But, even while admitting that the consumer's reading of the law that the court's modification authority did not extend to the automatic voiding was "technically correct," the Williams court nonetheless states that it is not a "realistic recognition of the full scope of the statutory scheme." [Williams, 968 F.2d at 1141] The ultimate holding is that "a court may impose conditions that run with the voiding of a creditor's security interest upon terms that would be equitable and just to the parties in view of all surrounding circumstances." [Id. at 1142] In Williams, the court remanded the case to the lower court for determination as to the propriety of conditioning the voiding of the security interest. (The creditor had not advanced any arguments as to why equity should warrant any modification, as it had argued rather that conditional rescission was mandatory.) See also FDIC v. Hughes Dev. Co., 684 F. Supp. 616 (D. Minn. 1988) (though phrased as a conditional rescission, the specific relief ordered was simply an adjustment of step 2, permitting the creditor to file the release of the security interest after payment of tender; the debtors were also given a year to make tender) These cases suggest that the trial court might consider requiring the debtor to execute a substitute security instrument. Arguably the way to reconcile the inconsistencies in the Williams case is to say that both the original note and security agreement are void as soon as the consumer sends a valid rescission notice, but that the court may order a new security interest solely on the consumer's post-rescission tender obligation, when the creditor proves that equities warrant a modification of the normal rescission process. The substitute security instrument may take into account the "circumstances and changed status of the parties." Williams v. Homestake Mortgage Co., 968 F.2d 1137 n.9 (11th Cir. 1992)] Despite the rhetoric of conditional rescission, the court in: In re Lynch, 170 B.R. 26 (Bankr. D.N.H. 1994) essentially did this, granting a "continuing" security interest but only on the amount remaining after deducting interest, fees, and charges, and allowing recoupment of statutory damages. Furthermore, a consumer who "is determined to have a right of rescission" can claim reasonable attorney fees; 15 U.S.C. § 1640(a)(3). This would presumably be the case even if court enforcement of the rescission remedy were made conditional (and perhaps even if the conditions were not met). A creditor, on the other hand, would then argue that a court's conditioning of rescission preserves the creditor's ability to seek attorney fees under a mortgage provision allowing reimbursement for any fees incurred in defending the creditor's interest in the property. The borrower could counter argue as follows: (1) the voiding of the security interest can be conditioned under Williams but all other aspects of the security agreement, including an attorney fees clause, are unconditionally and finally voided upon the mailing of a timely notice of rescission; (2) even if a court's conditioning of rescission tentatively preserves the creditor's attorney fees clause, the clause cannot be enforced unless the consumer ultimately fails to meet the conditions (which presumably can be later altered to accommodate any unexpected financial hardship that the consumer might face).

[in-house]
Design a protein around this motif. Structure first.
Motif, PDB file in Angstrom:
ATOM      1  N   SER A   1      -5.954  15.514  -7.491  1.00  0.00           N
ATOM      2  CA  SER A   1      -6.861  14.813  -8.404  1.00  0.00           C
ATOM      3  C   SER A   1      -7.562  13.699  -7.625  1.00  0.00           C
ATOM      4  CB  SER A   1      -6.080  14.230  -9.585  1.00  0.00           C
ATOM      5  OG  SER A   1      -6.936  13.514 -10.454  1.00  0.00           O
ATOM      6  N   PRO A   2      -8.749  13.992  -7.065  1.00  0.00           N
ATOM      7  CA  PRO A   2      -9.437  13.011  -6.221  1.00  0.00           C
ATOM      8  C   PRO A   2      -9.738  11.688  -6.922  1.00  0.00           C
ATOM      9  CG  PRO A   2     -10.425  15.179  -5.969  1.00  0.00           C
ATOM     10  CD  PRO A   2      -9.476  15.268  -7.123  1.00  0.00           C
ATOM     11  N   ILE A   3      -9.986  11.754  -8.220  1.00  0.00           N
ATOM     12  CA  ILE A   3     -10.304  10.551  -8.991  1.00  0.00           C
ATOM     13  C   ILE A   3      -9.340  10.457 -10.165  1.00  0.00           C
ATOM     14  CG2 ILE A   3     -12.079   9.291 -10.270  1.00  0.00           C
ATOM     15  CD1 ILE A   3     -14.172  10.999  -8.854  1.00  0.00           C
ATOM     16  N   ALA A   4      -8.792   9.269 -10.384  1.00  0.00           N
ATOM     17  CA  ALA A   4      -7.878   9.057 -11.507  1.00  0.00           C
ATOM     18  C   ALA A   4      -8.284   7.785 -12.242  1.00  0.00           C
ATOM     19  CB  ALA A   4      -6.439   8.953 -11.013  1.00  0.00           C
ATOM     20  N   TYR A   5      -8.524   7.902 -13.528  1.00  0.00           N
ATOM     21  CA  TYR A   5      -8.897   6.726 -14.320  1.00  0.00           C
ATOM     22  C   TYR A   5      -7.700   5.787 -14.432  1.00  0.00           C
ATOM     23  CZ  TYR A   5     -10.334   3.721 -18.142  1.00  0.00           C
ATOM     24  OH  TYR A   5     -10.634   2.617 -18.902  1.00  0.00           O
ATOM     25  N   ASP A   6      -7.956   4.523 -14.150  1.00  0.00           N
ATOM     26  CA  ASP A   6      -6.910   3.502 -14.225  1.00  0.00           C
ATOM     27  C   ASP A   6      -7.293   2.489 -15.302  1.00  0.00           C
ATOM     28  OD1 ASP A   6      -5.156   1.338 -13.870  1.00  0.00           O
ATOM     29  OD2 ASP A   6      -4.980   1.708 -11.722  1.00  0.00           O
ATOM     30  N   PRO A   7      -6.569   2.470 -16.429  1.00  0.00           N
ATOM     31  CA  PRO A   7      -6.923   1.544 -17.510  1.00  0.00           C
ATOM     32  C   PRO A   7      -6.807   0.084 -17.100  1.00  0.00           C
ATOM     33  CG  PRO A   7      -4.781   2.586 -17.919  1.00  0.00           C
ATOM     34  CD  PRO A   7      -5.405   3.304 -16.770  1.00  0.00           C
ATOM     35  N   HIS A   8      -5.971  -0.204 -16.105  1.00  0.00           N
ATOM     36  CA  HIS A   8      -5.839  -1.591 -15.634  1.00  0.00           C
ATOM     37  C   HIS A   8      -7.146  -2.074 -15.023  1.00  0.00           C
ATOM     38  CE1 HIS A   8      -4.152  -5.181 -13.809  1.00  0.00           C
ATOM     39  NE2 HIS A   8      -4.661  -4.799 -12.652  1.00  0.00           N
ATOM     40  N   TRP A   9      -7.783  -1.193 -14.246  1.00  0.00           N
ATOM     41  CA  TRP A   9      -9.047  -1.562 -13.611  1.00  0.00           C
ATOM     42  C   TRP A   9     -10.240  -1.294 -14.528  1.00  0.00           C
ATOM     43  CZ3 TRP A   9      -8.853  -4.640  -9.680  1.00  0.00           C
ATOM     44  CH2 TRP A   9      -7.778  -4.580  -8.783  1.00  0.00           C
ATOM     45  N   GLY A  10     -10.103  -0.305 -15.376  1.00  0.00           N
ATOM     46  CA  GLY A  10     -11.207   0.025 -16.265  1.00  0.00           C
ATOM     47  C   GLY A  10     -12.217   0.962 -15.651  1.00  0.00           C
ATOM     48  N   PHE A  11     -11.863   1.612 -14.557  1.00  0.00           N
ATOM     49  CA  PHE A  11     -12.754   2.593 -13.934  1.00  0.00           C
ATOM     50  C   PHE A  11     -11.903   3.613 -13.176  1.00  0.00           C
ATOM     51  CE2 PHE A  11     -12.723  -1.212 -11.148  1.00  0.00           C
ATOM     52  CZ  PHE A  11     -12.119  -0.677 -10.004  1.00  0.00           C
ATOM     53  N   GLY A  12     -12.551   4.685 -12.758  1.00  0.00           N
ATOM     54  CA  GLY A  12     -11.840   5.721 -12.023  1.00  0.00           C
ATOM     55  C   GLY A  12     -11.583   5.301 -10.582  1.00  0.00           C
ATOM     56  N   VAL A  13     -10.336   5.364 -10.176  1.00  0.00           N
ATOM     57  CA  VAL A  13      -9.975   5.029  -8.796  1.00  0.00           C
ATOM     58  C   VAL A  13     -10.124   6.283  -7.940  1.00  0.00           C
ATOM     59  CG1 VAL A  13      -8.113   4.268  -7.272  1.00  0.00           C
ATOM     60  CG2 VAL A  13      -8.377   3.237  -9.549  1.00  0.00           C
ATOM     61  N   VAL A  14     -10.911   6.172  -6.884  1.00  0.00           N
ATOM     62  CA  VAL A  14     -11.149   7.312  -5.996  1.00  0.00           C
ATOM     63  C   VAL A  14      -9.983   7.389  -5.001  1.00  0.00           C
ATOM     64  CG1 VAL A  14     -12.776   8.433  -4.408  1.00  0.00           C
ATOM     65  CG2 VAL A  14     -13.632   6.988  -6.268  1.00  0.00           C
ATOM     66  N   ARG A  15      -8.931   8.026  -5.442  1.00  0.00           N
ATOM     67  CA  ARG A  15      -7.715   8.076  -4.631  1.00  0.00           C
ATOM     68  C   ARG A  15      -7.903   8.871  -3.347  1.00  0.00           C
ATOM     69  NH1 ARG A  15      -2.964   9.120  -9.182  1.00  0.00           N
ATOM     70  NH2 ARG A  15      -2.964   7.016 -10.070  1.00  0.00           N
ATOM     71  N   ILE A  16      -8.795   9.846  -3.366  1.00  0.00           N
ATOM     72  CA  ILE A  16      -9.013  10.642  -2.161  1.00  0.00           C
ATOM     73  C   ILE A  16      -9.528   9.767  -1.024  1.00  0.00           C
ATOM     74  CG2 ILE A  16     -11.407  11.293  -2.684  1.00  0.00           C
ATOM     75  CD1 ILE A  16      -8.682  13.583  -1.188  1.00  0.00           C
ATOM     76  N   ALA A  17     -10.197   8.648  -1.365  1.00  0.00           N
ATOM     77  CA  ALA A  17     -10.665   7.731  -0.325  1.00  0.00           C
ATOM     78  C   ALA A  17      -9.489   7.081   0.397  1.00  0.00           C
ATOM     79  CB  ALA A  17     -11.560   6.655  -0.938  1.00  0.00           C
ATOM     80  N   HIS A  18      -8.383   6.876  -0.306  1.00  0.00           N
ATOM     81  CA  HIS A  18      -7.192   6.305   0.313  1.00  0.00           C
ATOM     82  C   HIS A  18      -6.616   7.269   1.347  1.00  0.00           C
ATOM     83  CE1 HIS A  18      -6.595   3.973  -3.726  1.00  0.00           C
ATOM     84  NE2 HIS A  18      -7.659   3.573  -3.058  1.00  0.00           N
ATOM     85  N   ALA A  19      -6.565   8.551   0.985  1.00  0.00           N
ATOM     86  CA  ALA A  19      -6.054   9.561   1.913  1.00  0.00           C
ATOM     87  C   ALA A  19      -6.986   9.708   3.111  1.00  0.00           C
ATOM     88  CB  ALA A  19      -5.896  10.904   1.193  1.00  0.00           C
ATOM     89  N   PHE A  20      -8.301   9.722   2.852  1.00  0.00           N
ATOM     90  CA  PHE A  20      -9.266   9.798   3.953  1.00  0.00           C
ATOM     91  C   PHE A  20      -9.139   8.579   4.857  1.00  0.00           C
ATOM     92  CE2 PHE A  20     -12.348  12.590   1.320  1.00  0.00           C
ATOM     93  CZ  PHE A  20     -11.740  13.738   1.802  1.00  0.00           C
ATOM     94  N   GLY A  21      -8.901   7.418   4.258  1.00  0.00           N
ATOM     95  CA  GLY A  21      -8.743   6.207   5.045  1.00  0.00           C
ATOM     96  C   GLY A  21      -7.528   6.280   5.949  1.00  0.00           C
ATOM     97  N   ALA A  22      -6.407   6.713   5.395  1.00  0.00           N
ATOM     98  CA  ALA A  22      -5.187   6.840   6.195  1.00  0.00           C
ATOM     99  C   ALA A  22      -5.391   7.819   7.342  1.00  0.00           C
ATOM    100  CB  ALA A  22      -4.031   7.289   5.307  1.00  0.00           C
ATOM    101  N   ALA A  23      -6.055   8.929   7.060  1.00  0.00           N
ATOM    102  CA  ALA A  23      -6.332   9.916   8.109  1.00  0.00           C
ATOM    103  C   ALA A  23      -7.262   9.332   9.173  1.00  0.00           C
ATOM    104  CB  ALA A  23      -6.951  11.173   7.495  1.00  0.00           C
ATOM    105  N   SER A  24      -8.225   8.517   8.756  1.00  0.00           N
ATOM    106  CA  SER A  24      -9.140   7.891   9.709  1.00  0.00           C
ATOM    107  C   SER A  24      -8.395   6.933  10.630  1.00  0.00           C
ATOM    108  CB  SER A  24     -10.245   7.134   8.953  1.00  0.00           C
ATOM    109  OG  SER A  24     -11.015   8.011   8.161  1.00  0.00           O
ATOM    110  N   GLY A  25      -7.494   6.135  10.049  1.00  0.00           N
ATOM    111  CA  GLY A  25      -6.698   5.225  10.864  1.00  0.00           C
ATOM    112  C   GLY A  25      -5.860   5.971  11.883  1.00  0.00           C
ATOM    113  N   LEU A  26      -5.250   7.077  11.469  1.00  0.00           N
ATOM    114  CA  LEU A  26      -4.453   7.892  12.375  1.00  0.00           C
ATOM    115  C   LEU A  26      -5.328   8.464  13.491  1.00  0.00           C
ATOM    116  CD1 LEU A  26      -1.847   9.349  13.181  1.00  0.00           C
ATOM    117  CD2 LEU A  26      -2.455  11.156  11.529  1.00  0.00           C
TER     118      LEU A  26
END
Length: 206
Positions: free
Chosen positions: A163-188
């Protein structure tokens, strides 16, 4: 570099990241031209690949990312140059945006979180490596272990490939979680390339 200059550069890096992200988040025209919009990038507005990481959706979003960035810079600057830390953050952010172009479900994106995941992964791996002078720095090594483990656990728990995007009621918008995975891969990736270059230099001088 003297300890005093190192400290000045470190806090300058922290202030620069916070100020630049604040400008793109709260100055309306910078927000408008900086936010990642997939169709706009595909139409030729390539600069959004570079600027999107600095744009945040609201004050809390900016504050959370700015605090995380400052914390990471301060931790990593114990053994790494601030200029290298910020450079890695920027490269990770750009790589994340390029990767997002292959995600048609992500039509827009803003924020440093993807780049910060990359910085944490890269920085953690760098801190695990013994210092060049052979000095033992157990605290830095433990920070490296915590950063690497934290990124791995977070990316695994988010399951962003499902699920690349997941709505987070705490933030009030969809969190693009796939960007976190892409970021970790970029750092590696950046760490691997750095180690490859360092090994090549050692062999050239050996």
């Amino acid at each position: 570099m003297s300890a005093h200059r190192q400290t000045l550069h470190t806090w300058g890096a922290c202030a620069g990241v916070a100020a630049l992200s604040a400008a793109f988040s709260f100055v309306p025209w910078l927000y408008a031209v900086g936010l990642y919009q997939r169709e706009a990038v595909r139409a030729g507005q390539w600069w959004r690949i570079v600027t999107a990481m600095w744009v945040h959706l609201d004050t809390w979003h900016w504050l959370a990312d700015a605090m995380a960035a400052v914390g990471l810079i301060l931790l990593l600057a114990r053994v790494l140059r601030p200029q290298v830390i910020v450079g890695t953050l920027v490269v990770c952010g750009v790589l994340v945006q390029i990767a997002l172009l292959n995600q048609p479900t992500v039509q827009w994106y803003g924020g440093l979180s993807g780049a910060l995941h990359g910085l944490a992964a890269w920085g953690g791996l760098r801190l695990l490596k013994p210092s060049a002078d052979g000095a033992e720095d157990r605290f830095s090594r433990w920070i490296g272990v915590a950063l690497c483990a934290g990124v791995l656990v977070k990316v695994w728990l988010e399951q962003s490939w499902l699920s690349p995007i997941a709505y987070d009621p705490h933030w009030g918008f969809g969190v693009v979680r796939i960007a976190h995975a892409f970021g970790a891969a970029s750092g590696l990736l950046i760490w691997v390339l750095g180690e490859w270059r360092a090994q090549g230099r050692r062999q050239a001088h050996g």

Yamamoto's more extreme holding is its approval of requiring tender as a preliminary matter and denying rescission on summary judgment. No other court has required borrowers to tender as a pretrial matter, prior to adjudicating the validity of rescission. [See, e.g., Semar v. Platte Valley Federal Sav. & Loan Ass'n, 791 F.2d 699 (9th Cir. 1986); Brown v. Nat’l Permanent Sav. & Loan, 683 F.2d 444 (D.C. Cir. 1982); Rudisell v. Fifth Third Bank, 622 F.2d 243 (6th Cir. 1980); LaGrone v. Johnson, 534 F.2d 1360 (9th Cir. 1976); Powers v. Sims, 542 F.2d 1216 (4th Cir. 1976) (remanding case with instructions to condition rescission upon tender of net proceeds where debtors initially took position that they would only tender part of net proceeds); Ljepava v. M.L.S.C. Properties, Inc., 511 F.2d 935 (9th Cir. 1975); Palmer v. Wilson, 502 F.2d 860 (9th Cir. 1974); Velazquez v. Homeamerican Credit, Inc., 254 F. Supp. 2d 1043 (N.D. III. 2003); Quenzer v. Advanta Mortg. Corp., 288 B.R. 884 (D. Kan. 2003); New Maine Nat'l Bank v. Gendron, 780 F. Supp. 52, 57 (D. Me. 1991); Mayfield v. Vanguard Sav. & Loan, 710 F. Supp. 143 (E.D. Pa. 1989); FDIC v. Hughes Dev. Co., 684 F. Supp. 616 (D. Minn. 1988), aff'd, 938 F.2d 889 (8th Cir. 1991)] In Rudisell v. Fifth Third Bank, 622 F.2d 243, 254 (6th Cir. 1980), for example, the Sixth Circuit concluded "[s]ince Congress clearly intended to give a right to rescind to persons in appellants' situation, this Court feels it must grant them that right." Only then did the court condition rescission upon the consumer's tender of the reasonable value of the aluminum siding. Similarly, in FDIC v. Hughes Dev. CO., 684 F. Supp. 616(D. Minn. 1988), aff'd, 938 F.2d 889 (8th Cir. 1991), the court first determined that the rescission claim was valid, and directed the tender of net principal within one year, followed by release of the security interest. The Ninth Circuit should have required the trial court to determine whether rescission was justified, if it was, the tender amount would be the principal minus finance charges and closing costs. Even assuming that the statute allows conditional rescission, the consumer is absolutely entitled to a reduction in the lien to reflect the reduced tender amount. According to the Ninth Circuit, the consumer did not dispute the tender amount; did not ask the trial court for extra time to pay the tender amount; did not propose any tender options such as refinancing or sale of the property, and indicated no ability to pay any tender amount. Finally, their citation of 15 U.S.C. § 1640(c) is misapplied and falls extensively short so as to undermine the actual interpretation. TILA’s “bona fide error” defense provides that a creditor or assignee will not be held liable where it “shows by a preponderance of evidence that the violation was not intentional and resulted from a bona fide error notwithstanding the maintenance of procedures reasonably adapted to avoid any such error.” See Warren v. Darnell, 164 Ill. App. 3d 273, 115 Ill. Dec. 225, 517 N.E.2d 636 (1987); Semar v. Platte Valley Fed. Sav. & Loan Ass’n, 791 F.2d 699 (9th Cir.) TILA explicitly states that the creditor has the burden of proving the defense and has the burden of establishing all three necessary elements of the bona fide error defense. See e.g., Pedro v. Pacific Plan of California, 393 F. Supp. 315 (N.D. Cal. 1975); Underwood, In re, 66 B.R. 656 (Bankr. W.D. Va. 1986); Ellis v. Hensley, 1979 WL 52452 (Ohio Ct. App. Aug. 16, 1979) Once a creditor has demonstrated that the error was unintentional and falls within the statutory category of bona fide errors, they must then show that it maintained

adequate procedures to avoid making such errors. To meet this burden of proof, they must offer specific evidence of adequate procedures; blanket allegations that such procedures existed are insufficient. See e.g., Underwood, In re, 66 B.R. 656 (Bankr. W.D. Va. 1986) Normally creditors fail to meet this burden because it has no evidence or not enough evidence, or no procedures in fact existed to plead. See Demando v. Capital One Financial Corp., 206 F.3d 1300 (9th Cir. 2000)